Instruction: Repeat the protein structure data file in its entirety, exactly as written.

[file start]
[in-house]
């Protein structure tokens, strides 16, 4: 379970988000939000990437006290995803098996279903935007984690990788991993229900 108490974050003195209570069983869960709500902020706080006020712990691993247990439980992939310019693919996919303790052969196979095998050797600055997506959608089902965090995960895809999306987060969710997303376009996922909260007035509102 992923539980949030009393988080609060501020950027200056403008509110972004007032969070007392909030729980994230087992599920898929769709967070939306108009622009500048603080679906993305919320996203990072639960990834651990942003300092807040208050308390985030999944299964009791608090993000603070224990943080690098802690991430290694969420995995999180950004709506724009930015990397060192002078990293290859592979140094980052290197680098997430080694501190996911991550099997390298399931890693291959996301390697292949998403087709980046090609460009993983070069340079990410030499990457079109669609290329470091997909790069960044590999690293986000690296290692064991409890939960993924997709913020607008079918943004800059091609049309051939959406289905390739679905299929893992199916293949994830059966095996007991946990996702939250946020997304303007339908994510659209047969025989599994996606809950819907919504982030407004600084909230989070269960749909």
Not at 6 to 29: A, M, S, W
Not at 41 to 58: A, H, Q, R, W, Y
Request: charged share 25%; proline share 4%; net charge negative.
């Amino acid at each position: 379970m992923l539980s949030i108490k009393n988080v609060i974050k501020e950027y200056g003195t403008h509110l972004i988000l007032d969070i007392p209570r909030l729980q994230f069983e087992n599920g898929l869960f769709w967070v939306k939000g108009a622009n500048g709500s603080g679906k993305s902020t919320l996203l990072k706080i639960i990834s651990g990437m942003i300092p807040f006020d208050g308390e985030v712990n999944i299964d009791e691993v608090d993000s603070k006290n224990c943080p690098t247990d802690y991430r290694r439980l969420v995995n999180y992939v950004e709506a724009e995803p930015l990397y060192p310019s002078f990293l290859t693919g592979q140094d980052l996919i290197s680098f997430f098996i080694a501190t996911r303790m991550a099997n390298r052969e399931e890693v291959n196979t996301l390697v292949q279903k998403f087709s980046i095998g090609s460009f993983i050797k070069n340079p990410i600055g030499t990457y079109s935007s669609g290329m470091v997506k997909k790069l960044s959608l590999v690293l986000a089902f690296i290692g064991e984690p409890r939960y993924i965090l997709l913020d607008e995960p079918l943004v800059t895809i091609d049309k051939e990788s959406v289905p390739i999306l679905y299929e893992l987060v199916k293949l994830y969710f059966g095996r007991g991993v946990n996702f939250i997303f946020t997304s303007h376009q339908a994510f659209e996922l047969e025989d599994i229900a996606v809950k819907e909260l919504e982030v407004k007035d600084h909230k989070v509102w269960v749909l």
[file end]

[in-house]
């Protein structure tokens, strides 16, 4: 379970988000939000990437006290995803098996279903935007984690990788991993229900 108490974050003195209570069983869960709500902020706080006020712990691993247990439980992939310019693919996919303790052969196979095998050797600055997506959608089902965090995960895809999306987060969710997303376009996922909260007035509102 992923539980949030009393988080609060501020950027200056403008509110972004007032969070007392909030729980994230087992599920898929769709967070939306108009622009500048603080679906993305919320996203990072639960990834651990942003300092807040208050308390985030999944299964009791608090993000603070224990943080690098802690991430290694969420995995999180950004709506724009930015990397060192002078990293290859592979140094980052290197680098997430080694501190996911991550099997390298399931890693291959996301390697292949998403087709980046090609460009993983070069340079990410030499990457079109669609290329470091997909790069960044590999690293986000690296290692064991409890939960993924997709913020607008079918943004800059091609049309051939959406289905390739679905299929893992199916293949994830059966095996007991946990996702939250946020997304303007339908994510659209047969025989599994996606809950819907919504982030407004600084909230989070269960749909």
Not at 6 to 29: A, M, S, W
Not at 41 to 58: A, H, Q, R, W, Y
Request: charged share 25%; proline share 4%; net charge negative.
């Amino acid at each position: 379970m992923l539980s949030i108490k009393n988080v609060i974050k501020e950027y200056g003195t403008h509110l972004i988000l007032d969070i007392p209570r909030l729980q994230f069983e087992n599920g898929l869960f769709w967070v939306k939000g108009a622009n500048g709500s603080g679906k993305s902020t919320l996203l990072k706080i639960i990834s651990g990437m942003i300092p807040f006020d208050g308390e985030v712990n999944i299964d009791e691993v608090d993000s603070k006290n224990c943080p690098t247990d802690y991430r290694r439980l969420v995995n999180y992939v950004e709506a724009e995803p930015l990397y060192p310019s002078f990293l290859t693919g592979q140094d980052l996919i290197s680098f997430f098996i080694a501190t996911r303790m991550a099997n390298r052969e399931e890693v291959n196979t996301l390697v292949q279903k998403f087709s980046i095998g090609s460009f993983i050797k070069n340079p990410i600055g030499t990457y079109s935007s669609g290329m470091v997506k997909k790069l960044s959608l590999v690293l986000a089902f690296i290692g064991e984690p409890r939960y993924i965090l997709l913020d607008e995960p079918l943004v800059t895809i091609d049309k051939e990788s959406v289905p390739i999306l679905y299929e893992l987060v199916k293949l994830y969710f059966g095996r007991g991993v946990n996702f939250i997303f946020t997304s303007h376009q339908a994510f659209e996922l047969e025989d599994i229900a996606v809950k819907e909260l919504e982030v407004k007035d600084h909230k989070v509102w269960v749909l």